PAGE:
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predicated on natural gas being quite cheap

Jerome hammers every so often that this is not the main driver of investment in gas fired plants.

Instead, he argues, debt financing terms favor short recoup times and thus production characterized by low capital costs.

One could add that being margin producers, gas-fired plant owners in practice do not have to worry about gas prices as they are electricity price setters.

Rien n'est gratuit en ce bas monde. Tout s'expie, le bien comme le mal, se paie tot ou tard. Le bien c'est beaucoup plus cher, forcement. Celine

by UnEstranAvecVueSurMer (holopherne ahem gmail) on Fri Apr 9th, 2010 at 11:18:45 AM EST
[ Parent ]
cheap gas prices in the 90s certainly helped the industry reach the size it got to (and the ability of the private sector to invest in it) by ensuring that gas-fired power plants would be used enough during the day (ie as semi load or even base load) to ensure that they would indeed become price setters...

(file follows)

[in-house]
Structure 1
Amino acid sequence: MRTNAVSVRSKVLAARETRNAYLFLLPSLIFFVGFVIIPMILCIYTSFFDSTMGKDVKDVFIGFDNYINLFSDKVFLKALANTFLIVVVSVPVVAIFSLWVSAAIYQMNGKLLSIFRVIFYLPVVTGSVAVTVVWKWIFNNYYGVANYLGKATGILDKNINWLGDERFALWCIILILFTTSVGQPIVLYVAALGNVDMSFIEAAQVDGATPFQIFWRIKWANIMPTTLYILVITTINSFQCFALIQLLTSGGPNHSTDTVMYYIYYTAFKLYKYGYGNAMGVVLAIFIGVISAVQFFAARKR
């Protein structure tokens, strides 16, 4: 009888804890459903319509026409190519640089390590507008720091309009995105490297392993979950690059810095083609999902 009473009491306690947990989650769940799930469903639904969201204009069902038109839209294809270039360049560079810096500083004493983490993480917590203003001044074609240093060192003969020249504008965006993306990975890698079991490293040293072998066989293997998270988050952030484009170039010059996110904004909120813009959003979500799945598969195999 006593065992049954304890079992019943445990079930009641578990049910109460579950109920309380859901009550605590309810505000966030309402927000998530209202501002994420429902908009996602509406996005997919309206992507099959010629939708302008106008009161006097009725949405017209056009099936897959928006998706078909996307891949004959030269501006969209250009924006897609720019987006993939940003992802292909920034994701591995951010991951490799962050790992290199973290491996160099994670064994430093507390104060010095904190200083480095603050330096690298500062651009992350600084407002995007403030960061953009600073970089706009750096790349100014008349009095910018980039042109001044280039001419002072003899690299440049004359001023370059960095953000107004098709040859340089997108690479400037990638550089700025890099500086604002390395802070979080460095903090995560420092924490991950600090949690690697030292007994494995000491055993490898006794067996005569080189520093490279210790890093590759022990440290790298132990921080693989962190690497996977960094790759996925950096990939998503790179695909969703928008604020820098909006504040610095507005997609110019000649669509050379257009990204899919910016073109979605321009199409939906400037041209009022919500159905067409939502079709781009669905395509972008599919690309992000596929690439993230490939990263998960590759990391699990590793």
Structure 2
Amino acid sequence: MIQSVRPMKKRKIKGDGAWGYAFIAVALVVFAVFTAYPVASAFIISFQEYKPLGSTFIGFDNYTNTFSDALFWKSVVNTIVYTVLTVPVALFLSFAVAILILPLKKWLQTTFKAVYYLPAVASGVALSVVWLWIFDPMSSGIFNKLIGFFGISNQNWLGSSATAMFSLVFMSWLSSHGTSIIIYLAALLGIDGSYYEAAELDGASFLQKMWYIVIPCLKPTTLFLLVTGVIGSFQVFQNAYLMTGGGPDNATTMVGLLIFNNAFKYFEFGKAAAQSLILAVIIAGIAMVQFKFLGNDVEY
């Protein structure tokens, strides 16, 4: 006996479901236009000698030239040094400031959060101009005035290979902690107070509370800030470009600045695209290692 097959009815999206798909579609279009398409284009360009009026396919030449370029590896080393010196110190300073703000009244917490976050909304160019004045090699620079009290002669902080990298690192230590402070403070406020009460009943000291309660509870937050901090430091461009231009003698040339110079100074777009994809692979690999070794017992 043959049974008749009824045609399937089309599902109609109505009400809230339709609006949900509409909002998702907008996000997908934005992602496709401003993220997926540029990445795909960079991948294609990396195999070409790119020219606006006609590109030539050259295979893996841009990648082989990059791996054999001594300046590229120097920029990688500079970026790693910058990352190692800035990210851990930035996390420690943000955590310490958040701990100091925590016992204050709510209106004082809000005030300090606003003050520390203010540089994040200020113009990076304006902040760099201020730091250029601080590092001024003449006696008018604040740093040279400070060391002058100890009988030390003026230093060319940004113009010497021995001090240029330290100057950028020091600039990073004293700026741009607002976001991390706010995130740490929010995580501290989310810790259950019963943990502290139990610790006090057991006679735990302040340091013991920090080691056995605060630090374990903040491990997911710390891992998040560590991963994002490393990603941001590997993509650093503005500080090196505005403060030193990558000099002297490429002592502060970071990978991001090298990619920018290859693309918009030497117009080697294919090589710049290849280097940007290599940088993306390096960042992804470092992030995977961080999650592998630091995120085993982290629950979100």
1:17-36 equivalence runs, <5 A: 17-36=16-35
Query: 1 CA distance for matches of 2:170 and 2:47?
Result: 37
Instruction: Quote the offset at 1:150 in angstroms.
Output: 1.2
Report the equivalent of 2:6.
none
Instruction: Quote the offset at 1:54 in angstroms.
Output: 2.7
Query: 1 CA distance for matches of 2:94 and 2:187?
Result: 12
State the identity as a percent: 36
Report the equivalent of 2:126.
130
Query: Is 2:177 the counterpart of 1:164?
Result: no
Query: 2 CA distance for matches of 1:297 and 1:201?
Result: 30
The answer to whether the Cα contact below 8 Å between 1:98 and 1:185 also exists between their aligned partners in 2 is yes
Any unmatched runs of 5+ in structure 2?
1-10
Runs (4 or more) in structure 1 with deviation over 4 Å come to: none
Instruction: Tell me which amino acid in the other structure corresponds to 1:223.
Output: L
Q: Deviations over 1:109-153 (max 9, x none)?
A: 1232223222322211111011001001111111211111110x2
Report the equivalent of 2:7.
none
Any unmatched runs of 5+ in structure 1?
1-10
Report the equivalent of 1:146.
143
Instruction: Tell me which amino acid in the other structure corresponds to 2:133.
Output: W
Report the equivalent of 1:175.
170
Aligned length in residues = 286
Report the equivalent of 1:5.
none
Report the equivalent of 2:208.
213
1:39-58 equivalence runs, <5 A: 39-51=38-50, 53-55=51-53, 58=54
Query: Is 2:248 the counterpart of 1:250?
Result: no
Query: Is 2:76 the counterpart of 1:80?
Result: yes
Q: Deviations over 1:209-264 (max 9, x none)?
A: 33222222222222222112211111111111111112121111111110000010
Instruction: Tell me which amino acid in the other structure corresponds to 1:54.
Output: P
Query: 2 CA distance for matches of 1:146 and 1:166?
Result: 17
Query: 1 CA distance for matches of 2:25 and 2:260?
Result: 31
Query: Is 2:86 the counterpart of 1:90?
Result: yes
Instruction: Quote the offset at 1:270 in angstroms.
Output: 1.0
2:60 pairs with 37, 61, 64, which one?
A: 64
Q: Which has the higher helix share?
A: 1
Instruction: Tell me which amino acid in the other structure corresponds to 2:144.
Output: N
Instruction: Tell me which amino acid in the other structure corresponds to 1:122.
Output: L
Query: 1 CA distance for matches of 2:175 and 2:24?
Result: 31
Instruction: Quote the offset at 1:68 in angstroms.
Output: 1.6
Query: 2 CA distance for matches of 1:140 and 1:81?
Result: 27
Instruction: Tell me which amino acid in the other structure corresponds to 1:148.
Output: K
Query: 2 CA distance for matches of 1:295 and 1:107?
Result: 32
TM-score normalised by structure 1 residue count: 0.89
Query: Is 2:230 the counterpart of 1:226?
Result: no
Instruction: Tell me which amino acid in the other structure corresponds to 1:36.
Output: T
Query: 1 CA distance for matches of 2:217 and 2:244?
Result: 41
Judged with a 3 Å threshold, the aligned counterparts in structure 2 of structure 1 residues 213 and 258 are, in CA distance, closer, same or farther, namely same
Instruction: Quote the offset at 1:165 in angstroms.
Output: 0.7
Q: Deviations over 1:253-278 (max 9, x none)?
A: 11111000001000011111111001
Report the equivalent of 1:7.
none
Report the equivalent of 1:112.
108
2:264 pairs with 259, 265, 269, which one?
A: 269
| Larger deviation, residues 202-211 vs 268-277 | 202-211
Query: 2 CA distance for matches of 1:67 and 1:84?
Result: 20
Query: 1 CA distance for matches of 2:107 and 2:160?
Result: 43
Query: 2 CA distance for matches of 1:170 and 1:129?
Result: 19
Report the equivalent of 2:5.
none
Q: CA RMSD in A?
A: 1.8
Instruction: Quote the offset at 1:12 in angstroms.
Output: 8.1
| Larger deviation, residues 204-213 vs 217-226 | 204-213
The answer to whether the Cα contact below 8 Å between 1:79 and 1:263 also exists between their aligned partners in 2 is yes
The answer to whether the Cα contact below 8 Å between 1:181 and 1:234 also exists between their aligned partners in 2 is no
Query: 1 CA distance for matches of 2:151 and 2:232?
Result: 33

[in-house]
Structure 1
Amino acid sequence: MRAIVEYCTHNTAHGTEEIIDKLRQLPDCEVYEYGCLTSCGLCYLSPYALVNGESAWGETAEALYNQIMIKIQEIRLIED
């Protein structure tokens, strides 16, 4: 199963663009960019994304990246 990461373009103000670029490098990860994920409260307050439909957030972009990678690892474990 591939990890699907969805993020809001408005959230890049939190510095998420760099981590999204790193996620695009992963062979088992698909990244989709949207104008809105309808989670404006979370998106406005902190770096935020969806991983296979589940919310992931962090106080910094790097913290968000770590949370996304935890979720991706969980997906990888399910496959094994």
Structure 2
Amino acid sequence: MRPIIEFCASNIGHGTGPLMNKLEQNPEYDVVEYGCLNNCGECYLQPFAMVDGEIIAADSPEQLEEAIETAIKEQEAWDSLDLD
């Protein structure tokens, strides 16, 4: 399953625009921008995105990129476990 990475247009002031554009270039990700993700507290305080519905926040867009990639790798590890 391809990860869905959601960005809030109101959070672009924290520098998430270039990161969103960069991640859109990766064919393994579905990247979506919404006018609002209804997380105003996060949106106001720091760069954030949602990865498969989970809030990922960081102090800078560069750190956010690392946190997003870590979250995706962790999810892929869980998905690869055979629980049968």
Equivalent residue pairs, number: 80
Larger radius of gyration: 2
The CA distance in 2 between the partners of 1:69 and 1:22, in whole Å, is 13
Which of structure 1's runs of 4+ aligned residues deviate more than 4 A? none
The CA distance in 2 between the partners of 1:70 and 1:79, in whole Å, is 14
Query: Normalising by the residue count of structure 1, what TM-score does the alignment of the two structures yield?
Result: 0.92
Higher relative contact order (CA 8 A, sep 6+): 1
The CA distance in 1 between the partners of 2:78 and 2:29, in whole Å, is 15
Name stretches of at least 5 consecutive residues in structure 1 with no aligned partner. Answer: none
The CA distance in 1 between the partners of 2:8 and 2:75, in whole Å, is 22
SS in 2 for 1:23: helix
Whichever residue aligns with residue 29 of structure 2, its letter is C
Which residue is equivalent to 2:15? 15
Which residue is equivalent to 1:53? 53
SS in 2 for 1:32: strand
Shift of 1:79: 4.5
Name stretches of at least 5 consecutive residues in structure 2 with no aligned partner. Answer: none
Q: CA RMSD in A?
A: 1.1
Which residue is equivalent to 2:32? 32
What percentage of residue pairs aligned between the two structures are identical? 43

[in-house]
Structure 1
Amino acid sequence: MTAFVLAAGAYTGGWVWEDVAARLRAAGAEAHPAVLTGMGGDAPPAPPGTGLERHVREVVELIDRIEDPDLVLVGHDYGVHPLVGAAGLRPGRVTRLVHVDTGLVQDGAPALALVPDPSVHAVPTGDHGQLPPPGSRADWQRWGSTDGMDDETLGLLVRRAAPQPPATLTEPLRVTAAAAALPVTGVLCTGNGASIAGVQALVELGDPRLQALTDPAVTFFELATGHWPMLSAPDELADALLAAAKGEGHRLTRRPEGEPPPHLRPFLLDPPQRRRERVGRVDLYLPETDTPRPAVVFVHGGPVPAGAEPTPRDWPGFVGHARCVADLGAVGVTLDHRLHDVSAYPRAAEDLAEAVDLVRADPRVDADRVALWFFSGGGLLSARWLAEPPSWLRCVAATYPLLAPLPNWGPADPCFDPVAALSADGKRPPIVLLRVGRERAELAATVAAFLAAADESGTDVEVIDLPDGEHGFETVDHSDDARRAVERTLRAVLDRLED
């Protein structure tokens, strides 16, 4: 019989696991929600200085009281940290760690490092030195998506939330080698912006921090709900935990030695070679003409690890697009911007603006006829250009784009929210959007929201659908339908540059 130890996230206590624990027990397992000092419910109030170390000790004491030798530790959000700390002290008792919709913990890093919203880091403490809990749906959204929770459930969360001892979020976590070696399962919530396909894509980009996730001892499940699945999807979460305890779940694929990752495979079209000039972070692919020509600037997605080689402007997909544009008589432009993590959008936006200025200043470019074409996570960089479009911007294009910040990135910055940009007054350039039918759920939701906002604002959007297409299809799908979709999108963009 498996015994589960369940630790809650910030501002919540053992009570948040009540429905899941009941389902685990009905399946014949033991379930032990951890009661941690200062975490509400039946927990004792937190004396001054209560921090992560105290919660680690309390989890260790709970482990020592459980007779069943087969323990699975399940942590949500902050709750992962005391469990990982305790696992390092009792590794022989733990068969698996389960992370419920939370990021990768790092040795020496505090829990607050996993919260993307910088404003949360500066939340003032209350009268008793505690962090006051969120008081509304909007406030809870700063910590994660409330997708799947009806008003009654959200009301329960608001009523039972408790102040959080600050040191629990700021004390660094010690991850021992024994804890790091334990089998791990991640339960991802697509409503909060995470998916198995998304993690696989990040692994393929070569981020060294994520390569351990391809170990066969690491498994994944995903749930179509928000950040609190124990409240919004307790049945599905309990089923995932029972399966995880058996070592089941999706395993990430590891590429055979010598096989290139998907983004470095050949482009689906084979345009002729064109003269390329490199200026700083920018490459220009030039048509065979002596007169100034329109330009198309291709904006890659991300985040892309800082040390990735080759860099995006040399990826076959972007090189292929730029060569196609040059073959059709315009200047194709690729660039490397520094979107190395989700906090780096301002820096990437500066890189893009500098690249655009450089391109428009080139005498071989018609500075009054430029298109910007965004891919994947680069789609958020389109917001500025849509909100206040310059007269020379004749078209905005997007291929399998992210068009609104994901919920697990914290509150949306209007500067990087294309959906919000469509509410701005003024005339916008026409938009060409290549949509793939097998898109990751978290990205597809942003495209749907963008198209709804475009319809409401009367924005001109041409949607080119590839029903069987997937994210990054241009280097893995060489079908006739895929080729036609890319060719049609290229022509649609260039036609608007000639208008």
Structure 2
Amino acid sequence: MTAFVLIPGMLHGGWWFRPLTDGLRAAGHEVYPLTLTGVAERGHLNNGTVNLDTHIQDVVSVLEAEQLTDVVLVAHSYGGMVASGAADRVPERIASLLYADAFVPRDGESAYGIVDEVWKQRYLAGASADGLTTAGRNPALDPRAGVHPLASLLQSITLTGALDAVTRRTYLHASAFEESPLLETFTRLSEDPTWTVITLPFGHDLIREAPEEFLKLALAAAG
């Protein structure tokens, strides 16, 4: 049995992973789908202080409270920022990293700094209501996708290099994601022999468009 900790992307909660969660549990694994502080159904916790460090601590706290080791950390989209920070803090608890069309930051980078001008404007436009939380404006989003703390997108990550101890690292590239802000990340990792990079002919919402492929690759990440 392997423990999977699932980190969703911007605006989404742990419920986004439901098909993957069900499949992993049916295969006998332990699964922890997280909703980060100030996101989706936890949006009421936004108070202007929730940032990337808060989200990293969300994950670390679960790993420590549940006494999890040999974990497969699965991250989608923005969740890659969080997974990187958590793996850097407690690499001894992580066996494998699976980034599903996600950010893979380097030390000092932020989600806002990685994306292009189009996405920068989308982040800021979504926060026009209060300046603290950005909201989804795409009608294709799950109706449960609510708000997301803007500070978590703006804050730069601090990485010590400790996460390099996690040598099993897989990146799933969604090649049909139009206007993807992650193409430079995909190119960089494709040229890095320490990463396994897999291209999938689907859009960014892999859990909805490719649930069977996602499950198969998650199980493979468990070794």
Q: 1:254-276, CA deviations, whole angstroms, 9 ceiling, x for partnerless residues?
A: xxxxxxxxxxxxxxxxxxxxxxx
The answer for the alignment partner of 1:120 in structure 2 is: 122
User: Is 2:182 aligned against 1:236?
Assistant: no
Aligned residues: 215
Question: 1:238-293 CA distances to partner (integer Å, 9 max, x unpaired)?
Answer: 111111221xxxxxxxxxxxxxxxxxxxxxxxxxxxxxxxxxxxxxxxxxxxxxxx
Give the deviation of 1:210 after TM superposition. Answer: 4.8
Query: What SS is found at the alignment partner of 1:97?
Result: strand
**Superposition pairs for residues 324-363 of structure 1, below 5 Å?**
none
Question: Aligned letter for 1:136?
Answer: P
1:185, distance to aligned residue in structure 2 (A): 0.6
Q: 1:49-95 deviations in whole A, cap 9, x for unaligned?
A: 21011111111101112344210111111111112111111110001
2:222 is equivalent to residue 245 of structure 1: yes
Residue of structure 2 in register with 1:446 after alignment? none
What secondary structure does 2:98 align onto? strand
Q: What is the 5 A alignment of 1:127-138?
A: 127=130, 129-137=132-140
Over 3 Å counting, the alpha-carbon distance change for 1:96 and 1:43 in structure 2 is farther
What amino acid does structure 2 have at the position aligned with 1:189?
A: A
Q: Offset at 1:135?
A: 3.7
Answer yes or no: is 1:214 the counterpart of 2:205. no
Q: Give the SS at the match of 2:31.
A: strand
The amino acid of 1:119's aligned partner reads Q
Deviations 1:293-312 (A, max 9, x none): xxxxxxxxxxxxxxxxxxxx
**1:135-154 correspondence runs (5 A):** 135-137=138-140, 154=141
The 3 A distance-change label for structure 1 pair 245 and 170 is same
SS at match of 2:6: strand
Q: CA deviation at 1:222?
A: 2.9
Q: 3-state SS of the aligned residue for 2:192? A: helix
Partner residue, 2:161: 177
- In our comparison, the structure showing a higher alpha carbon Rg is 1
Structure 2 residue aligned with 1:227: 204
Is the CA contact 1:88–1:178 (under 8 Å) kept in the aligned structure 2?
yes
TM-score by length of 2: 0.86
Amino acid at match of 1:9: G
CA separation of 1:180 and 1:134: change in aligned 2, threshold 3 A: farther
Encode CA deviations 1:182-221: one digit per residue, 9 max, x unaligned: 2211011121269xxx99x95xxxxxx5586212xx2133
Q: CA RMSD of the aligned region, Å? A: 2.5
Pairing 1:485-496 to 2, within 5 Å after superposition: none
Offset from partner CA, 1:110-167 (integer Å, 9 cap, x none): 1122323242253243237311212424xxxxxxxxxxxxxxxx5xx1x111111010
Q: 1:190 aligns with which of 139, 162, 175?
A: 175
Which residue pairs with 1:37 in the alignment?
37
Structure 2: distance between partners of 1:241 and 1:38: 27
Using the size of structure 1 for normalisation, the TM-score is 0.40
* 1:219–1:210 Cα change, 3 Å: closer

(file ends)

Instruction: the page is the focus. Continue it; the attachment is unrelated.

Wind power
by Jerome a Paris (etg@eurotrib.com) on Fri Apr 9th, 2010 at 12:04:01 PM EST
[ Parent ]
I don't know about Europe, but in the US, there were two types of natural gas plant built during the late 1990s through the start of the 2000s: Baseload and peaking.

It's notable that the capacity factor of natural gas fired plants in the non-utility is very, very low.  

What's interesting is that the capacity of these plants is more than enough to provide backup generation for the introduction of wind and solar to the grid in a number of states.

And I'll give my consent to any government that does not deny a man a living wage-Billy Bragg

by ManfromMiddletown (manfrommiddletown at lycos dot com) on Fri Apr 9th, 2010 at 12:37:44 PM EST
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